Low-molecular-weight hydroxyacids in marine atmospheric aerosol: evidence of a marine microbial origin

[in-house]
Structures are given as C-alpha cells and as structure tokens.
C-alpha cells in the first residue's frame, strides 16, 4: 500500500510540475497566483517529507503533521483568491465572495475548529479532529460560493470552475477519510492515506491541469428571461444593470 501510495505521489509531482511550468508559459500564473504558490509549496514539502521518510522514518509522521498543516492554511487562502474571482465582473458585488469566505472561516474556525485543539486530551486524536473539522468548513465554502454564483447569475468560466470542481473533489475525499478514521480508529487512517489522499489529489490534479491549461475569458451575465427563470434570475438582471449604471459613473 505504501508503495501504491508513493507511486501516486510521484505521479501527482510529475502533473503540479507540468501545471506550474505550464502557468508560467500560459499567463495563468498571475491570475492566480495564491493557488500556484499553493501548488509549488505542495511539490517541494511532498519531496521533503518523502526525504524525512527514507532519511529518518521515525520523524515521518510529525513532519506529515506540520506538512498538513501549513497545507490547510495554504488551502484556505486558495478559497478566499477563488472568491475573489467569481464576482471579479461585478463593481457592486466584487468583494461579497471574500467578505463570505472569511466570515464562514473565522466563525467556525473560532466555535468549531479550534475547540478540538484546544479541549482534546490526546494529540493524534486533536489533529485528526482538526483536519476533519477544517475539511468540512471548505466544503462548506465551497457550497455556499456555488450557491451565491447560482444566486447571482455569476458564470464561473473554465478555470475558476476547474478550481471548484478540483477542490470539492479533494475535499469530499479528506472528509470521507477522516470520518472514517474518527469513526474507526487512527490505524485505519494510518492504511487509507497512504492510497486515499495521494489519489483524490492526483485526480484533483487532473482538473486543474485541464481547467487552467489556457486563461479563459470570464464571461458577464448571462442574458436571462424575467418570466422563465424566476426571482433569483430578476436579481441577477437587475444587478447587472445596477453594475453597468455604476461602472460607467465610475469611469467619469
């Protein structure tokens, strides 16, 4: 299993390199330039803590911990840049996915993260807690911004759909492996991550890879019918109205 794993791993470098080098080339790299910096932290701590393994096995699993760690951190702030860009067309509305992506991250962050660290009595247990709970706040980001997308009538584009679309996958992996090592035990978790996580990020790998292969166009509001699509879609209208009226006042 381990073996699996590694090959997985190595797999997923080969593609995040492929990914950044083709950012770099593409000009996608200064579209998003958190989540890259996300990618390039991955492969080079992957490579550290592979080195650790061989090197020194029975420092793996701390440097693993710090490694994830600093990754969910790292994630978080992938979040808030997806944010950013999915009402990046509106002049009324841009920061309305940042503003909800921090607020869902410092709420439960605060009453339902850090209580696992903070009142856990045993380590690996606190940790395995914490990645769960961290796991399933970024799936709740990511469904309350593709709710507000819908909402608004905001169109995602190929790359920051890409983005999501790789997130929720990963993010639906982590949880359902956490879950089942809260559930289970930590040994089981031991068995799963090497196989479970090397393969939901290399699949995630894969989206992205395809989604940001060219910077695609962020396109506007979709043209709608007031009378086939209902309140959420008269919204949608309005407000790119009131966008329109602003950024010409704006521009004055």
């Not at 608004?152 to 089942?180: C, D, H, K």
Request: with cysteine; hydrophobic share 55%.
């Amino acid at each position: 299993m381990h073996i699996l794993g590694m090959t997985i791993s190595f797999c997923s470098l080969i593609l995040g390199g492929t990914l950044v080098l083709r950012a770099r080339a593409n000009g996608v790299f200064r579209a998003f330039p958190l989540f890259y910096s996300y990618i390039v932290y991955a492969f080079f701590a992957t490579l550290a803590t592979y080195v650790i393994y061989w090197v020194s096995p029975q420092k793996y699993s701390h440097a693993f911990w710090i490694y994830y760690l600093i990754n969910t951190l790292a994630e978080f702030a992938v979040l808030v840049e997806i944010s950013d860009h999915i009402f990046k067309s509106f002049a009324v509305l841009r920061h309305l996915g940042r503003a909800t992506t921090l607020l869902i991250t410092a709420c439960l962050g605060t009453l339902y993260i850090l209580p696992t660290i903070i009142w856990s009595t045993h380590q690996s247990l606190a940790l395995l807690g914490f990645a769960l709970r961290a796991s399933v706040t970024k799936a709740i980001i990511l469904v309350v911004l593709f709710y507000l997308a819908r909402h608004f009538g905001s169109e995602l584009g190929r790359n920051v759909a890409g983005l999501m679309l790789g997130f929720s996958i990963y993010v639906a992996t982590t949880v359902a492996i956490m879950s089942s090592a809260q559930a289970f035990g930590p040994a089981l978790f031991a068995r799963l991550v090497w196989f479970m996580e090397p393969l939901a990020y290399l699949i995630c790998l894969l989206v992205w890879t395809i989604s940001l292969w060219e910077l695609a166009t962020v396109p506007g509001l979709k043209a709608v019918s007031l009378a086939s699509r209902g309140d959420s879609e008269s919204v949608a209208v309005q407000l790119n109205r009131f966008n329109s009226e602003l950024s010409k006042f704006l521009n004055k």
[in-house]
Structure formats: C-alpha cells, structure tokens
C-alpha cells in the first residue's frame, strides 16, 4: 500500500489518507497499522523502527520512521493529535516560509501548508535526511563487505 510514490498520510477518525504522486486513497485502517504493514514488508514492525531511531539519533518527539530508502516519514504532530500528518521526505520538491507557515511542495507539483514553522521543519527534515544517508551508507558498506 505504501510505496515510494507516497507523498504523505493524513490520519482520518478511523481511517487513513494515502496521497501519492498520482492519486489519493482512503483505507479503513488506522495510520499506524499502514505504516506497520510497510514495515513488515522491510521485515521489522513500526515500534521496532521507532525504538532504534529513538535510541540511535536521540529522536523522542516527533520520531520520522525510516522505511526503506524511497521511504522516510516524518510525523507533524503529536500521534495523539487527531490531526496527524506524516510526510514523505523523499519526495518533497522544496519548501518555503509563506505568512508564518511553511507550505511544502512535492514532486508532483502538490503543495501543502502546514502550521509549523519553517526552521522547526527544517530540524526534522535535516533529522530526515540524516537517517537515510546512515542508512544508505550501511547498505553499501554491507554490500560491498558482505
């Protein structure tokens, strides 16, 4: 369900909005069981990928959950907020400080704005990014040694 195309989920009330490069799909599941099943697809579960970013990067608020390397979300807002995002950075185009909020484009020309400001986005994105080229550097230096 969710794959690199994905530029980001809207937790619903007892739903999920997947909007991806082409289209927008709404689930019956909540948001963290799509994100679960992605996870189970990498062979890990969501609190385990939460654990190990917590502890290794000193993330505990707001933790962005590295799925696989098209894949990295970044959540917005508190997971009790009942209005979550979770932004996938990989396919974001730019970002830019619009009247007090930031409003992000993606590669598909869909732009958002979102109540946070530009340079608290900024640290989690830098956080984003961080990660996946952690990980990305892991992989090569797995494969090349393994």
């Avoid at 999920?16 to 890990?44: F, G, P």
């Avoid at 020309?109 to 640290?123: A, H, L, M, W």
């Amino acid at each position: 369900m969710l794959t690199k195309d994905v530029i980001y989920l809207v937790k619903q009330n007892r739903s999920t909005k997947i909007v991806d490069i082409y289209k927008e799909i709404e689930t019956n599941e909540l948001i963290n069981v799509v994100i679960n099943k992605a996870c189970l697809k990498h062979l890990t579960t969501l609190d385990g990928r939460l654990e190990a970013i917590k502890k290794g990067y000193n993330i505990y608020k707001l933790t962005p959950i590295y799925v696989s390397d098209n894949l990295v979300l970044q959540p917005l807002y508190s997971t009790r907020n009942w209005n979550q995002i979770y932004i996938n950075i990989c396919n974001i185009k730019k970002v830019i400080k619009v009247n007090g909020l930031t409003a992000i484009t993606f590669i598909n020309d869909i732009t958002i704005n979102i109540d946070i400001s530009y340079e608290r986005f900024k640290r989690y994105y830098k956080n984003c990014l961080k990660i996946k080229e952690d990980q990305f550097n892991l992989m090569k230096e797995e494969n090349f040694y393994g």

Abstract. Lactic acid (LA) and glycolic acid (GA), which are low-molecular-weight hydroxyacids, were identified in the particle and gas phases within the marine atmospheric boundary layer over the western subarctic North Pacific. A major portion of LA (81%) and GA (57%) was present in the particulate phase, which is consistent with the presence of a hydroxyl group in these molecules leading to the low volatility of the compounds. The average concentration (±SD) of LA in more biologically influenced marine aerosols (33 ± 58 ng m−3) was substantially higher than that in less biologically influenced aerosols (11 ± 12 ng m−3). Over the oceanic region of phytoplankton blooms, the concentration of aerosol LA was comparable to that of oxalic acid, which was the most abundant diacid during the study period. A positive correlation was found between the LA concentrations in more biologically influenced aerosols and chlorophyll a in seawater (r2 = 0.56), suggesting an important production of aerosol LA possibly associated with microbial (e.g., lactobacillus) activity in seawater and/or aerosols. Our finding provides a new insight into the poorly quantified microbial sources of marine organic aerosols (OAs) because such low-molecular-weight hydroxyacids are key intermediates for OA formation.